Governor Gregoire and a delegation of fifty business people representing different sectors from Washington state’s economy, including a contingent from the agriculture arena, will be headed to India and Korea the first part of October on a trade mission. WSDA’s Jason Kelly explains why there, why now.
KELLY: Well, Washington agriculture really depends on export markets. Washington food companies exported more than $8 billion in food to overseas markets. India, as one of our trade mission participants calls it, is the new food frontier.
Palouse dried peas, chickpeas and lentils are already popular in India, but Kelly says another Washington product is also popular there.
KELLY: Surprisingly, apples are doing very well in India - it’s our number three export market. We already send 4 million boxes a year to India and that’s despite a fifty percent tariff. It’s important that we talk to those Indian trade officials about their high import duties. If those import duties come down, we know that we can grow that market substantially. So we think there’s some real benefits - two way trading benefits - to reducing tariffs on Washington state agriculture products in India.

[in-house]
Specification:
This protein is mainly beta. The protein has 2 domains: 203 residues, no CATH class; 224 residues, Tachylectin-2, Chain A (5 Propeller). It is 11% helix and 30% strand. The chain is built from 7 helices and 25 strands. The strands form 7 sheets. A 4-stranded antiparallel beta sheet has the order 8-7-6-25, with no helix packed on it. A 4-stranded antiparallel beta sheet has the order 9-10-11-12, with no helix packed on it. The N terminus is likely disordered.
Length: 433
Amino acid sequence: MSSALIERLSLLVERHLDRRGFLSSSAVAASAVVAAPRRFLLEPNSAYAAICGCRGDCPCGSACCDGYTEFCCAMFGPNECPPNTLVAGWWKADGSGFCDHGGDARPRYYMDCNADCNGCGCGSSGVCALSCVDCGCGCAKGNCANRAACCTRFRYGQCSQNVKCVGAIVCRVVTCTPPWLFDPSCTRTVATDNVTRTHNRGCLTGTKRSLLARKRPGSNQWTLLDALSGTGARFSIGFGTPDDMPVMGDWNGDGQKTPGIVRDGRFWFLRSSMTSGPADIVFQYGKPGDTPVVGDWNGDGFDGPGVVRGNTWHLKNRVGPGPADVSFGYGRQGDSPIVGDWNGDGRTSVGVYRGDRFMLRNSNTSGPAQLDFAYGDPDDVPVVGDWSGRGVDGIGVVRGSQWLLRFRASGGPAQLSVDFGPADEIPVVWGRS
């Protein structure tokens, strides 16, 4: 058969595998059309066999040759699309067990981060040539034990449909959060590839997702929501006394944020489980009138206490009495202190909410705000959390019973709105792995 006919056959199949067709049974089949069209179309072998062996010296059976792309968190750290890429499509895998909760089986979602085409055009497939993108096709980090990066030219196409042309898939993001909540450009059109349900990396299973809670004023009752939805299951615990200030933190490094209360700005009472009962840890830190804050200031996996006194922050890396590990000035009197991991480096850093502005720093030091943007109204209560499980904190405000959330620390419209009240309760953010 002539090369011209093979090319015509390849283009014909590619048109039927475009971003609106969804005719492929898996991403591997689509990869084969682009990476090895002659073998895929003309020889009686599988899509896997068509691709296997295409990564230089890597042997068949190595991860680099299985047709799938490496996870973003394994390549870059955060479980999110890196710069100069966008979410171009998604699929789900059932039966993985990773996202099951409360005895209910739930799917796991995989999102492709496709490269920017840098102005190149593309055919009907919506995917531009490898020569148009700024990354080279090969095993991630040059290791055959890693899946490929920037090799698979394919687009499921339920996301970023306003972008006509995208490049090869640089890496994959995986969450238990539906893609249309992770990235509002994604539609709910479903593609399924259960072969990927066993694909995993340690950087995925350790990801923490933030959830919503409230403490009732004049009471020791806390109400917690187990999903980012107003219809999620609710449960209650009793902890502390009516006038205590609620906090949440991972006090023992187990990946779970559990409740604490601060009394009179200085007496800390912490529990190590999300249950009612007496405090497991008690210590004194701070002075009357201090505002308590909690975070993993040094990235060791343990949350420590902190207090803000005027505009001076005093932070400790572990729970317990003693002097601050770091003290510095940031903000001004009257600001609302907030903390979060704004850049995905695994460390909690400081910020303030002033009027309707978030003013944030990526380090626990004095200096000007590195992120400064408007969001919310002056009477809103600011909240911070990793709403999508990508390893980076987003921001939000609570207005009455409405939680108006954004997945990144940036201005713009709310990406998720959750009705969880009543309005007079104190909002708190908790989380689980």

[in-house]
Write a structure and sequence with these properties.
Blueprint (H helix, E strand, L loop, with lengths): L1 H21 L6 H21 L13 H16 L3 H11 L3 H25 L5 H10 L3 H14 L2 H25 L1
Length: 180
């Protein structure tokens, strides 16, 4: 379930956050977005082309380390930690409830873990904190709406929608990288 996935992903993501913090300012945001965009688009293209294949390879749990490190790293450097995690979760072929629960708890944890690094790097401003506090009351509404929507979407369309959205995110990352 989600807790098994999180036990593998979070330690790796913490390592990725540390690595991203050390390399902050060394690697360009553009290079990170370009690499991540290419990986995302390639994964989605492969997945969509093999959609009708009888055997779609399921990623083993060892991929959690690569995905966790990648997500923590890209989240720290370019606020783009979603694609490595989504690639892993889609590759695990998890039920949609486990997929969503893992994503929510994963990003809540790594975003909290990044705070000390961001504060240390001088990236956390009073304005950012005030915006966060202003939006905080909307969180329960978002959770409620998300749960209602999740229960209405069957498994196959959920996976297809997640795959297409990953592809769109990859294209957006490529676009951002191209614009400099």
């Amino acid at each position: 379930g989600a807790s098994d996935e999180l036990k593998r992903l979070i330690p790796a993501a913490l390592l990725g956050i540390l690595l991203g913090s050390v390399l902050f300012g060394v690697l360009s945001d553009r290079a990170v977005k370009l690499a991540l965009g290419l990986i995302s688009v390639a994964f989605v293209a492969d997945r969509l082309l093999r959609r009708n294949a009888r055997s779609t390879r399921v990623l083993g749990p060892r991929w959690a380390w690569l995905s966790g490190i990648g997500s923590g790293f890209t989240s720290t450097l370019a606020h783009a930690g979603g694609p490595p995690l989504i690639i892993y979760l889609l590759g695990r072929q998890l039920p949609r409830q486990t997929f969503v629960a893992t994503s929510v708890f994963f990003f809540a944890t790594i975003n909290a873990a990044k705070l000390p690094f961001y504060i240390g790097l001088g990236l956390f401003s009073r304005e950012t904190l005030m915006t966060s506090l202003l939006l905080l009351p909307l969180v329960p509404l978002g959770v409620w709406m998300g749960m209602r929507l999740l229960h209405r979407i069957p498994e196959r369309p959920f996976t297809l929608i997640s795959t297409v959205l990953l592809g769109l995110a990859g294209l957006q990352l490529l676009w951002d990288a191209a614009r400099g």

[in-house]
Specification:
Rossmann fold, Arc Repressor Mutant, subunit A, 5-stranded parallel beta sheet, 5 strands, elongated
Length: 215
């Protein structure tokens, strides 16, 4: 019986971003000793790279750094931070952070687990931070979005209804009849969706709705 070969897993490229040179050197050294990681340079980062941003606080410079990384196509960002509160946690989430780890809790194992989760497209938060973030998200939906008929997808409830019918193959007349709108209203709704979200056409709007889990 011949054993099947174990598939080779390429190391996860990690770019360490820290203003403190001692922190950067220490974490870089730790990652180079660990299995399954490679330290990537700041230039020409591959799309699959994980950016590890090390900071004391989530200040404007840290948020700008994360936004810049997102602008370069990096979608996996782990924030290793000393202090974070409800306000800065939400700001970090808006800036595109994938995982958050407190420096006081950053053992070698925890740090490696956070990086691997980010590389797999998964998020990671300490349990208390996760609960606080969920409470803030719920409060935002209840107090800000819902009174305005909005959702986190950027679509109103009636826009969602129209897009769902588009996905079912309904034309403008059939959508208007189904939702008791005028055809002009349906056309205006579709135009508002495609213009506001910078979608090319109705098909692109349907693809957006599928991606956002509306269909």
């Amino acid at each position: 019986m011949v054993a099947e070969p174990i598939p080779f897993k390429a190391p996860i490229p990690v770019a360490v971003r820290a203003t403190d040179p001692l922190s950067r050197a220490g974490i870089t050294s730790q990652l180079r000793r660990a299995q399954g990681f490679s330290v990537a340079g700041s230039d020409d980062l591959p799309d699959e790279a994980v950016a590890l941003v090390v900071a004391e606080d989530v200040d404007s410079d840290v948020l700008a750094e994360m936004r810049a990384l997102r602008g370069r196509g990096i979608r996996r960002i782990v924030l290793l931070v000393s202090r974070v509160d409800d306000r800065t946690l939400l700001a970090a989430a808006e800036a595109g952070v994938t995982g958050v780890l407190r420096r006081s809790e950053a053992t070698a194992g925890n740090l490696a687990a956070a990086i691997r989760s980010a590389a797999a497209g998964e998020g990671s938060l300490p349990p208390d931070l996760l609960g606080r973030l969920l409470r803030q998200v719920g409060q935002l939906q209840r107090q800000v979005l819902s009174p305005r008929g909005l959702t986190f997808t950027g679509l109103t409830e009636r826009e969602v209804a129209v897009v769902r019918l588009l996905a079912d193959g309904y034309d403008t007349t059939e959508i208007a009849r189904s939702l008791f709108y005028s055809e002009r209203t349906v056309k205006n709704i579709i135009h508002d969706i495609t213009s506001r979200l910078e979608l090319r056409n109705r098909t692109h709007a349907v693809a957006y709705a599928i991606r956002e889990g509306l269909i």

With the approval of the U.S. - Korea Free Trade Agreement earlier this year some tariffs there were eliminated immediately, and Kelly says Korea, while a mature market for Washington state exporters, offers even greater opportunities now for Washington potato products and other agriculture products.
I’m Lacy Gray and that’s Washington Ag Today on the Northwest Ag Information Network.In